levinson at CEU.HU
Tue Aug 19 18:23:13 PDT 1997
I would be eager to hear your reactions to the following story that
is on the front page of today's International Herald Tribune (by
William Drozdiak of the Washington Post, so I presume it's gotten
some domestic coverage as well):
Crusade Against Crucifix: Does Bavaria Have a Prayer in Court?
The story is from Bruckmeuhl, Germany, and details the travails of
Josef Obermeier (religion not given) after he complained about a
crucifix hanging in his daughter's (public school) classroom. He
has, apparently "bec[o]me the target of a vicious hate campaign."
"[M]any secular Germans are questioning organized religion should
play so central a role in their political culture. The state
collects a church tax to pay the salaries of clergy and clerics sit
on advisory councils that approve content of radio and television
Since gaining power 15 years ago, Mr. Kohl's governing alliance has
been solicitous about protecting church interests. The government
has rebuffed efforts to curtail a curch-support tax. Mr Kohl himself
as vowed to preserve the identity of Germany as 'a bastion of
Christian civilization' [sic]."
"With Parliament unable or unwilling to establish clear guidelines,
the task has fallen to a legal system that has become embroiled in
volatile conflicts affecting society's basic institutions. Two years
ago, Germany's supreme court struck down a Bavarian law requiring
the display of crucifixes in classrooms because it violated a
constitutional requirement of 'religious neutrality' in public
"The ruling was the culmination of 10-year crusade by the Bavarian
artist Ernst Seler, who said he did not want to send his three
children to schools in which they would be horrified by what he
called the 'image of a bleeding, half naked male corpose' that
depicted Jesus Christ dying on the cross. Far from settling the
issue, the decision provoked an unprecedented wave of public protest
across Bavaria, Germany's second most populous state with 11 million
ncitizens and a strong Roman Catholic heritage [sic: I think it is
also accurate that Bavaria was one of the bastions of Naziism].
Premier Edmund Stoiber of Bavaria accused the court of issuing 'an
edict of intolerance that wounded the very soul of Bavaria....
"Mr. Stoiber's government then began to work around the court ruling.
It amended the law to allow for the removal of a crucifix from a
classroom or public building if somebody who objects gives
sufficiently valid reasons for taking it down.
"Enger Josef Obermeier. He escorted his 6-year-old daughter,
Hasmine, to class . . . and said he did not want his child to study
in the shadow of the crucifix and asked that it be removed. That was
when the troubles started.
"'I gave what I thought were sensible reasons,' Mr. Obermeier said,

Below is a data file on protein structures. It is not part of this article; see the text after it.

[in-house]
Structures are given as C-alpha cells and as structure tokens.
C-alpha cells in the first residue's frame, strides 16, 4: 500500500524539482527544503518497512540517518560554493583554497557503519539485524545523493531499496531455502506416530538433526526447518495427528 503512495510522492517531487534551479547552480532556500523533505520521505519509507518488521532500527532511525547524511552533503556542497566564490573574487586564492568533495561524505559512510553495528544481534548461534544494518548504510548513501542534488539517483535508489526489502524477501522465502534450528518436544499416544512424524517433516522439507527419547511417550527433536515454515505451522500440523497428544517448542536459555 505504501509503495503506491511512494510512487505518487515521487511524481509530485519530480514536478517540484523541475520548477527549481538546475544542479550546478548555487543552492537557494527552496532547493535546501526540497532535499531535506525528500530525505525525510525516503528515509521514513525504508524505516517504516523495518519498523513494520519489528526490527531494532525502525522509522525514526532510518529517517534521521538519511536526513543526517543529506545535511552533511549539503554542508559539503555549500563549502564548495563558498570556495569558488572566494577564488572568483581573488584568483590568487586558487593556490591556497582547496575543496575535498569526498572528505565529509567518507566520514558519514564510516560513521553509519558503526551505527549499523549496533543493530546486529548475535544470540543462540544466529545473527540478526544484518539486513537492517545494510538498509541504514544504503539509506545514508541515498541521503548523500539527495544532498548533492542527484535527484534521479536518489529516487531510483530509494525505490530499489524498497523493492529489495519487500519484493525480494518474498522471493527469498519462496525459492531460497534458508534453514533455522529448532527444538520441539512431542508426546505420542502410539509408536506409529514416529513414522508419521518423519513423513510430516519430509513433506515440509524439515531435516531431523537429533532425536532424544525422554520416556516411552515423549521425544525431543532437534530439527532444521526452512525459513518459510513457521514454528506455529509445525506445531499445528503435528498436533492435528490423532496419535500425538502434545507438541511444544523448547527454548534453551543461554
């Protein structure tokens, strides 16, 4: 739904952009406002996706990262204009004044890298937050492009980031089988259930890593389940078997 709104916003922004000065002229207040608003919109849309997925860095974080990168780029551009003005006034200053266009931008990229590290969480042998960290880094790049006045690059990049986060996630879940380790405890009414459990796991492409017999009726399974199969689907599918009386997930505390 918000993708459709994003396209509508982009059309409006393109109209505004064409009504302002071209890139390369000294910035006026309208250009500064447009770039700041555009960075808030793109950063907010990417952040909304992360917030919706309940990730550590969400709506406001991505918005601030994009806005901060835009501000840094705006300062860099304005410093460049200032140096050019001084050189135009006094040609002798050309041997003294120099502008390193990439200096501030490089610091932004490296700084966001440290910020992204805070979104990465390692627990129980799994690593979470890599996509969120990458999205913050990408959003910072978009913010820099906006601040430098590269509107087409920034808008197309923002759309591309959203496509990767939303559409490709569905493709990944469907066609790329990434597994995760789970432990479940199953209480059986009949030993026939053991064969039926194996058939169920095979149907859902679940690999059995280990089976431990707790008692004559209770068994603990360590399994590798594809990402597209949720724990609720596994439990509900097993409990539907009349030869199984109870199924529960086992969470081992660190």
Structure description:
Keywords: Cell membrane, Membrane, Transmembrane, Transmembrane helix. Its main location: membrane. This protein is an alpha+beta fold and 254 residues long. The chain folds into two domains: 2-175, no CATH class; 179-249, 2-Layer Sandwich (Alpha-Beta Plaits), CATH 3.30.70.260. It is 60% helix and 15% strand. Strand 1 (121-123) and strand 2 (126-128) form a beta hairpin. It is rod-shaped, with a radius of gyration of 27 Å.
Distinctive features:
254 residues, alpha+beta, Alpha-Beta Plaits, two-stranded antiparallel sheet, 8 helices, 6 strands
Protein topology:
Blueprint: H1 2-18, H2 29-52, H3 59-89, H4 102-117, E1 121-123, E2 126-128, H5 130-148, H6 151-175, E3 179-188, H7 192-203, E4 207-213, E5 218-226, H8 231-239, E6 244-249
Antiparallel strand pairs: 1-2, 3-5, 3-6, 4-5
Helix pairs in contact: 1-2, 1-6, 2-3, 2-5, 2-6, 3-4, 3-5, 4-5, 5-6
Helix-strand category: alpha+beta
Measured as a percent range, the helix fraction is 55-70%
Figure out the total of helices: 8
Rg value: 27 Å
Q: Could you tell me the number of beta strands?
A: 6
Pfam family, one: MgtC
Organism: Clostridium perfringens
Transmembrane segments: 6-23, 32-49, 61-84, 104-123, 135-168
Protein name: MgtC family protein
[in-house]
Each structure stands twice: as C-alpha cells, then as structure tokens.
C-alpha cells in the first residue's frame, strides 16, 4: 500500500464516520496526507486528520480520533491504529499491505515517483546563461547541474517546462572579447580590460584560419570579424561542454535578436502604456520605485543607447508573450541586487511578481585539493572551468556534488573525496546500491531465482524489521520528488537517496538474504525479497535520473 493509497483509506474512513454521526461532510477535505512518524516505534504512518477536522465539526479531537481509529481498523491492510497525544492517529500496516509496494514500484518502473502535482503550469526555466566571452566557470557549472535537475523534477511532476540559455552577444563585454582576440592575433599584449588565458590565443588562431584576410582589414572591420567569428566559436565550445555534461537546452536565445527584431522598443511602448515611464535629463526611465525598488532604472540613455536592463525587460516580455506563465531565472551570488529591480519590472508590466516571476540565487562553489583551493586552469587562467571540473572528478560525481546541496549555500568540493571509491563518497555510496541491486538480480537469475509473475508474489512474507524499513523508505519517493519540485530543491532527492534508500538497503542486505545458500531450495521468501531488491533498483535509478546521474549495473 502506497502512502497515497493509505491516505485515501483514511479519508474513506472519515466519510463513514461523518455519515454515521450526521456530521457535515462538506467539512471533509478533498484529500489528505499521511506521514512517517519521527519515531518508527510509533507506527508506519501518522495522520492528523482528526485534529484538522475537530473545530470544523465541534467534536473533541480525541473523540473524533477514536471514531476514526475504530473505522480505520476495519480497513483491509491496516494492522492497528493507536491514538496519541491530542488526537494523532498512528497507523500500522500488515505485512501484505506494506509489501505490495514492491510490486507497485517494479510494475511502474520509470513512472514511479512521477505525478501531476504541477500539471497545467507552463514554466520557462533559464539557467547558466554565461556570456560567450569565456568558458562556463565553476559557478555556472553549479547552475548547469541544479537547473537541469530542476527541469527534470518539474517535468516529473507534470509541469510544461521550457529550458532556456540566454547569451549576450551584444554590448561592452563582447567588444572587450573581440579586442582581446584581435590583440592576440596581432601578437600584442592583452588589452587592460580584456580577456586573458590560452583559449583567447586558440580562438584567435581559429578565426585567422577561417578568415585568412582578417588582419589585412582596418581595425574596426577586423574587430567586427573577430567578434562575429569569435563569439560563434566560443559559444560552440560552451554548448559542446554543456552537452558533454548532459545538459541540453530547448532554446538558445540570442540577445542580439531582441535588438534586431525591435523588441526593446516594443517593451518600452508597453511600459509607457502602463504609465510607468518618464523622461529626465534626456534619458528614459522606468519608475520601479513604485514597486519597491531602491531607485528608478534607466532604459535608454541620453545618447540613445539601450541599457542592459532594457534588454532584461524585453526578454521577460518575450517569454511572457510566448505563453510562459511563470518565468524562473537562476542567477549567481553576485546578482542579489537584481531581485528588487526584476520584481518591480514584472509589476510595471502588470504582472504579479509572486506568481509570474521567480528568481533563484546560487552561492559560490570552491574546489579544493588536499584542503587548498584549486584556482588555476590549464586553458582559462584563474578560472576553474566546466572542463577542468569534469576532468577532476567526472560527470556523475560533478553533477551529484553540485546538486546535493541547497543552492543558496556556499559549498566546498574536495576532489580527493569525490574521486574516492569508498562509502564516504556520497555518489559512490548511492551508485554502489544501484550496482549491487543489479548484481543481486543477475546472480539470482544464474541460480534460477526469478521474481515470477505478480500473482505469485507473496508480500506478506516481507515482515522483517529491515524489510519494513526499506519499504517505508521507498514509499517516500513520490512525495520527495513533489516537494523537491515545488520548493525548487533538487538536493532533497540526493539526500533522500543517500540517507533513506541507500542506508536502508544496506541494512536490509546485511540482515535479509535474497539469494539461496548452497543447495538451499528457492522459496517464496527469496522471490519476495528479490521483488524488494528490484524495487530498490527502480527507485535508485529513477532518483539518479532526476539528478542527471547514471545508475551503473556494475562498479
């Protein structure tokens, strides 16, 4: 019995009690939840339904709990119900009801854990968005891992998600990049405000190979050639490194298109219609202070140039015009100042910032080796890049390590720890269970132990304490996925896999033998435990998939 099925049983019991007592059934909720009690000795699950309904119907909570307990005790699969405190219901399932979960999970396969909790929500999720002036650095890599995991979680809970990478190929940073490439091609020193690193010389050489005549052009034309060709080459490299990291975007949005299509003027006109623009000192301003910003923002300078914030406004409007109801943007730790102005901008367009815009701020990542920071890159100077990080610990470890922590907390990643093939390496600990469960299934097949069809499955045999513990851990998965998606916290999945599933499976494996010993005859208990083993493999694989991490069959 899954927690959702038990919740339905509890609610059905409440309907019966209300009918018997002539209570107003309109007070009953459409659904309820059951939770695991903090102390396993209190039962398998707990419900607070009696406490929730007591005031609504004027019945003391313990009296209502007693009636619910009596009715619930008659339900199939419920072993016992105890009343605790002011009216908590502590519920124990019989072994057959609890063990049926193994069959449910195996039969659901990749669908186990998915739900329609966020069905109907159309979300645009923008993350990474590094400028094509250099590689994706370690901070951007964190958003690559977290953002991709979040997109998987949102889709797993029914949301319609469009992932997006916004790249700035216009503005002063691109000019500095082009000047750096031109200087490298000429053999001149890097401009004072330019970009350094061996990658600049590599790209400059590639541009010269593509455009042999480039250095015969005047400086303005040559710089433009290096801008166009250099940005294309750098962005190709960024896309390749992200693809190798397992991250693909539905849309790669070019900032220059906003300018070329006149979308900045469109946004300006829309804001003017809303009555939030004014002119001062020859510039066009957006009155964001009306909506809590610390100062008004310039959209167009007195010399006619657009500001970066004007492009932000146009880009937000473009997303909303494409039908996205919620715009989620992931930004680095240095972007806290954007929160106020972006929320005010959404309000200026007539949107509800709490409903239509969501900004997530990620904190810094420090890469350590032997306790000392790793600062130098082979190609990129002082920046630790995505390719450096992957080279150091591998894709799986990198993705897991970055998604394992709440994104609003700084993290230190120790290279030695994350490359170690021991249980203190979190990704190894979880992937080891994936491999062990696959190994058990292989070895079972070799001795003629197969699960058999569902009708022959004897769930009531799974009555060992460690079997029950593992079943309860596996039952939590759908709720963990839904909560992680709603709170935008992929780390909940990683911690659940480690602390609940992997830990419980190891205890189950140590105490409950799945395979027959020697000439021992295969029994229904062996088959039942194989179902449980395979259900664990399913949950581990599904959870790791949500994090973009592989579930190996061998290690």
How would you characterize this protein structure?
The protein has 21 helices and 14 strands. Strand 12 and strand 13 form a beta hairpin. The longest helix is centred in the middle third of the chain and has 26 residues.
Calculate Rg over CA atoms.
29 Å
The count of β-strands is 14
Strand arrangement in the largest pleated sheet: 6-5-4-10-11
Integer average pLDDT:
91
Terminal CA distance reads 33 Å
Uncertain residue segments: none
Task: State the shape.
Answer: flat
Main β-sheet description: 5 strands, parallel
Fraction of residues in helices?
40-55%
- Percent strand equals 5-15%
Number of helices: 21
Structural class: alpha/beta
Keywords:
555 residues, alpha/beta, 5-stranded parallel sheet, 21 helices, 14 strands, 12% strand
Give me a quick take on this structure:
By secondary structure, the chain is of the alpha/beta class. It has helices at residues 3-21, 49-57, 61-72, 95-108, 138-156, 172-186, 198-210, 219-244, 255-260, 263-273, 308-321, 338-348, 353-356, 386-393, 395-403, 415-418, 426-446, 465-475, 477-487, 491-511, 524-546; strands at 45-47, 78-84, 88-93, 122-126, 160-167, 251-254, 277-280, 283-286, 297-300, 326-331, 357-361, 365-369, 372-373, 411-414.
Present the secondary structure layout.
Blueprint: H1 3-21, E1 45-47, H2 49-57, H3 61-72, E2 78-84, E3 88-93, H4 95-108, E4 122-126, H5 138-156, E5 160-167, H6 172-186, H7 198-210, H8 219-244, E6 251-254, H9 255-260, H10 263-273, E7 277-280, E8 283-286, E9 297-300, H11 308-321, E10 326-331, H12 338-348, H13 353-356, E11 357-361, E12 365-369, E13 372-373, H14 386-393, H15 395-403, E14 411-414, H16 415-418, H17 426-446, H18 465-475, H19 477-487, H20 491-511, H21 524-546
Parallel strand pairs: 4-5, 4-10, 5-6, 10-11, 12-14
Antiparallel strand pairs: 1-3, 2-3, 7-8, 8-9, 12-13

adding that a religious symbol had no place in a classroom,
'especially if it represents a church that is anti-demoratic in
nature and practices sex discrimination by refusing equal rights to
women, such as the chance to become priests.'"
"Mr. Obermeier's rationale was rejected as 'too polemical and not
sufficiently personal.' Local courts backed the school's decision."
"The publicity that has focused on the village embarrasses Johannes
Mangels, Bruckmuehl's school director. 'We are talking about a
special situation. This is not just a question of religion. It is
about cultural traditions, going back more than a thousand years, and
the crucifix is one of our [sic] most cherished historical symbols.
We respect basic human rights, but in a peaceful democracy the
minority must consent to go along with the majority view.'"
Does everyone on this list agree that this would be (and ought to
be) an easy case in the US, i.e., that the state most certainly could
not display a crucifix in a public school. I confess I am not sure
that the Christian Coalition wouldn't be very sympathetic with the
town, either in its construal of German law or, more to the point, as
something that the US should aspire to (if the judiciary were packed
with persons with the right understanding of establishment).
PS: I was asked the following question by a Macedonian student, and
I am stumped for an answer. A municipality in Macedonia has
apparently started flying the Albanian flag (perhaps together with
the national Macedonian flag, maybe not, I'm not sure). In any
event, she was wondering if a US municipality could, as a
constitutional matter, be prevented from flying anything other than
the US and state flags. I assume that municipalities have only such
rights as their states choose to respect, but the question is whether
states must respect dissident municipal speech. (Obviously, the US
would protect the right of private persons to fly the Albanian (or
North Vietnamese) flags.) I apologize for going off-topic, though I
suppose this deals centrally with civil religion and its defining
rituals. Thanks for any suggestions you can give me on this.
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